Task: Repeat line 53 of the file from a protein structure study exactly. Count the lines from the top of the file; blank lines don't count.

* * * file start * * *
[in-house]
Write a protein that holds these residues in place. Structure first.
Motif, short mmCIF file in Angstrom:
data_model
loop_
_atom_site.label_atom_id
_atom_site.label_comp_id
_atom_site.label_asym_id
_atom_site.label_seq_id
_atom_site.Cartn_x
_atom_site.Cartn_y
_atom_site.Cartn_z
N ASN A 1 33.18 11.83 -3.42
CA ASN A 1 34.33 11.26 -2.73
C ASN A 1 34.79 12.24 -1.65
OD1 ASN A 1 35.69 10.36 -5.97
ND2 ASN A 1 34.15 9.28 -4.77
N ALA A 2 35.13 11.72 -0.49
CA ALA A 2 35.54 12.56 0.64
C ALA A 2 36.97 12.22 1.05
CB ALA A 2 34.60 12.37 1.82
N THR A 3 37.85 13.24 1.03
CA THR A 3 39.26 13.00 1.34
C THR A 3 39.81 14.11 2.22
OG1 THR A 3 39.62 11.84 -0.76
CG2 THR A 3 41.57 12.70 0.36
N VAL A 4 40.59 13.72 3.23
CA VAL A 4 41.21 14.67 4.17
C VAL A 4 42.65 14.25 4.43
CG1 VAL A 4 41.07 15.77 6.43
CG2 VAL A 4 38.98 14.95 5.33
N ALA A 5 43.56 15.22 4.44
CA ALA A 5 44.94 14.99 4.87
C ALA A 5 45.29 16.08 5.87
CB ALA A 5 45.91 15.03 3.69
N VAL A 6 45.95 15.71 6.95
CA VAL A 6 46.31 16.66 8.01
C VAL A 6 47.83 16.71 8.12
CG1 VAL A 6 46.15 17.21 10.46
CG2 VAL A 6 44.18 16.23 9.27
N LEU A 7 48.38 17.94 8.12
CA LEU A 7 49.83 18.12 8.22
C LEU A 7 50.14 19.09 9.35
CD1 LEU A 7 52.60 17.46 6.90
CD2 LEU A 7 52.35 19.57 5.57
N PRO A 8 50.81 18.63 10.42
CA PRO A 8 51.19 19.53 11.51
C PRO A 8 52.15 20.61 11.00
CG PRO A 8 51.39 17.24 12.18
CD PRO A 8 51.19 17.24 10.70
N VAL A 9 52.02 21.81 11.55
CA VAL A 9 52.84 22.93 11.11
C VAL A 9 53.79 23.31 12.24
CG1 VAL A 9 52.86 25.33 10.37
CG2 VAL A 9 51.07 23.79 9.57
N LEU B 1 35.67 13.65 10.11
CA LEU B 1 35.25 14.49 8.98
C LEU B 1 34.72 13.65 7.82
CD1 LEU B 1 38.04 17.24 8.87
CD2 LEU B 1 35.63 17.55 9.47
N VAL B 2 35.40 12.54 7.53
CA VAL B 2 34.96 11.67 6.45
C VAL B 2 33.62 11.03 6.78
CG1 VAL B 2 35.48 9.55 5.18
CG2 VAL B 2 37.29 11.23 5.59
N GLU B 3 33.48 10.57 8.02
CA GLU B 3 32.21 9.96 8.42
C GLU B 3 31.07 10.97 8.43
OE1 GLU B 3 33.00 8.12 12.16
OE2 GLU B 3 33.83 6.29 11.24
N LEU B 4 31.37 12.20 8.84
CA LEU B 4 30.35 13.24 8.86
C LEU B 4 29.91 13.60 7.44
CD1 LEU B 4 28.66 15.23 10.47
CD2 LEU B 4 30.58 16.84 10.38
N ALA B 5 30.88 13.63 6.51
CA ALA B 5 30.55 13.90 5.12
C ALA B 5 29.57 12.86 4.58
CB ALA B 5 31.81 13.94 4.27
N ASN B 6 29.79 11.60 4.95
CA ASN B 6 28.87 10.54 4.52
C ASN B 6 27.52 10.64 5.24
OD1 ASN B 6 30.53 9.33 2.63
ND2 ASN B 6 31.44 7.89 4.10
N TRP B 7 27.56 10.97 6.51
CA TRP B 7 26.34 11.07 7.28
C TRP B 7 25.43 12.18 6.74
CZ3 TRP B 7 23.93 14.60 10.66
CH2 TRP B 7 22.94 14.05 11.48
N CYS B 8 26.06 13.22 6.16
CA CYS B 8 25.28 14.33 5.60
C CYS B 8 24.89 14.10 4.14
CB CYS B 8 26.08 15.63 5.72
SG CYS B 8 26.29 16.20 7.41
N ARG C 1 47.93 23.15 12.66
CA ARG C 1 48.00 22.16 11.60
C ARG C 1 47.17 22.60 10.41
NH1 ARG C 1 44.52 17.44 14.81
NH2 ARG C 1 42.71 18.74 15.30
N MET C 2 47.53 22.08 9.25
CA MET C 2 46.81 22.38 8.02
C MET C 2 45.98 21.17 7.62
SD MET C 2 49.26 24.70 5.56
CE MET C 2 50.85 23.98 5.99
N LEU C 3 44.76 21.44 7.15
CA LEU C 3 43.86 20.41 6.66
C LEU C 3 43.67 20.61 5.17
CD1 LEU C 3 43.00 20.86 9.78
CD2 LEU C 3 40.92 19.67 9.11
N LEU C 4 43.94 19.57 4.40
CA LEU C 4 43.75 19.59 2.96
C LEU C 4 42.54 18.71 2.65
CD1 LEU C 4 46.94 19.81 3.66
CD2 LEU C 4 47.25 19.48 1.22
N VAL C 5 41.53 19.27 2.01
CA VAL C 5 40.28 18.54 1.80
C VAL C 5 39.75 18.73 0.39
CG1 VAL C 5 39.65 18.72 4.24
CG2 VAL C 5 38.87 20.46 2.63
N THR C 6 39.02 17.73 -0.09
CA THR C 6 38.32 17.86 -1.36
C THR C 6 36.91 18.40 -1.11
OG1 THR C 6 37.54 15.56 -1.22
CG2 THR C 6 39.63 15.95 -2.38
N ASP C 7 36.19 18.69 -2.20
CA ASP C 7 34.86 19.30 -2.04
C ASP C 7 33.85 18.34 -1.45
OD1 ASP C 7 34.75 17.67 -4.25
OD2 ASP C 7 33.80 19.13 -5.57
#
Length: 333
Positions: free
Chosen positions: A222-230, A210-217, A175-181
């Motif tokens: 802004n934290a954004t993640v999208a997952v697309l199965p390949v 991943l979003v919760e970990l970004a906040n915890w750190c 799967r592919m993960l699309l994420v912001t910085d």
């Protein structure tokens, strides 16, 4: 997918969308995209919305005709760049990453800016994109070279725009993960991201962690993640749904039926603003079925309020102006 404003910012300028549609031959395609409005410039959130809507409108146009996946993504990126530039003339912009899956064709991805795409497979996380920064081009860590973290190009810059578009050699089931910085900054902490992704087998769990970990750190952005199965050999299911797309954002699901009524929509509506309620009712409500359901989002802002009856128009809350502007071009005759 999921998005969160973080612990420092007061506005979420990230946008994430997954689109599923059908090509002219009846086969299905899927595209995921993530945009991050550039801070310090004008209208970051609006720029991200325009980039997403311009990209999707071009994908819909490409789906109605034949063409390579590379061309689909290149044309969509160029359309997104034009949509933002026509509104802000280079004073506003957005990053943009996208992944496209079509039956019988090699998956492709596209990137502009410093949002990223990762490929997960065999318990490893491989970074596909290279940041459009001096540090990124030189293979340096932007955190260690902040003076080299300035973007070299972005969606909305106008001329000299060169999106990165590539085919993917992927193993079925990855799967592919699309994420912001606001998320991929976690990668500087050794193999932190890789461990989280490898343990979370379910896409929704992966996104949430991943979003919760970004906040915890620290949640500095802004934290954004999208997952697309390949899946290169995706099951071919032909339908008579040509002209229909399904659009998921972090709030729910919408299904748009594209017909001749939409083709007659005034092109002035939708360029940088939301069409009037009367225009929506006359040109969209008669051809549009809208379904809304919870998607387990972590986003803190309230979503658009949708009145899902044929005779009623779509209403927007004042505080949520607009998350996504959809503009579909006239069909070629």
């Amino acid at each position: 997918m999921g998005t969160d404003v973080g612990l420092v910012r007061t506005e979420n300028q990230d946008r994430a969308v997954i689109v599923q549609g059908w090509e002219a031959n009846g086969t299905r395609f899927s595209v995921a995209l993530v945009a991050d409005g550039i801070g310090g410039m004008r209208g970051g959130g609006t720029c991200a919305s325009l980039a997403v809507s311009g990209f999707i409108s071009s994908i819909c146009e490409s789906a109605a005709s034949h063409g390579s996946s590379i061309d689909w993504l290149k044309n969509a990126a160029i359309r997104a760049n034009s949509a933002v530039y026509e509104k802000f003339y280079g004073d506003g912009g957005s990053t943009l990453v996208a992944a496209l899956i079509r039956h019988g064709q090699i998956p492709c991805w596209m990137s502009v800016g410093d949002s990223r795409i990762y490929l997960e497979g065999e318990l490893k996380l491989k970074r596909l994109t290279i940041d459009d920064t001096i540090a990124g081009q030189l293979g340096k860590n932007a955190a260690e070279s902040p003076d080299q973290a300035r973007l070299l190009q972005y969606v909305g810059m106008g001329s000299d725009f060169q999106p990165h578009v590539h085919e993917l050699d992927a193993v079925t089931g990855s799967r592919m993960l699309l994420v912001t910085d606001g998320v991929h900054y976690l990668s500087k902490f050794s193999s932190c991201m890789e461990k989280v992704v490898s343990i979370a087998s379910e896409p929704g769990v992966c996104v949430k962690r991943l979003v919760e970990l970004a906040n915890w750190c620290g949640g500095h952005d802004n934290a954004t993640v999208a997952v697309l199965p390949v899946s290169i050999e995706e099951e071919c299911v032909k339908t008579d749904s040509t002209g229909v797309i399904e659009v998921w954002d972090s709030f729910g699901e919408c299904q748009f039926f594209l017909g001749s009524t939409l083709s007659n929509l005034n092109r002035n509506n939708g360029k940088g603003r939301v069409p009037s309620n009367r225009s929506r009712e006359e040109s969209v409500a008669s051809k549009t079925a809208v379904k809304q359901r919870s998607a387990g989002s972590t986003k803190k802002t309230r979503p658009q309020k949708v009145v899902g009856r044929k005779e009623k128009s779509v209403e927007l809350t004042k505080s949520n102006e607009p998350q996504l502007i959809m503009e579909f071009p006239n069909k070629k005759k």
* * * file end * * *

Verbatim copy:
C VAL A 9 53.79 23.31 12.24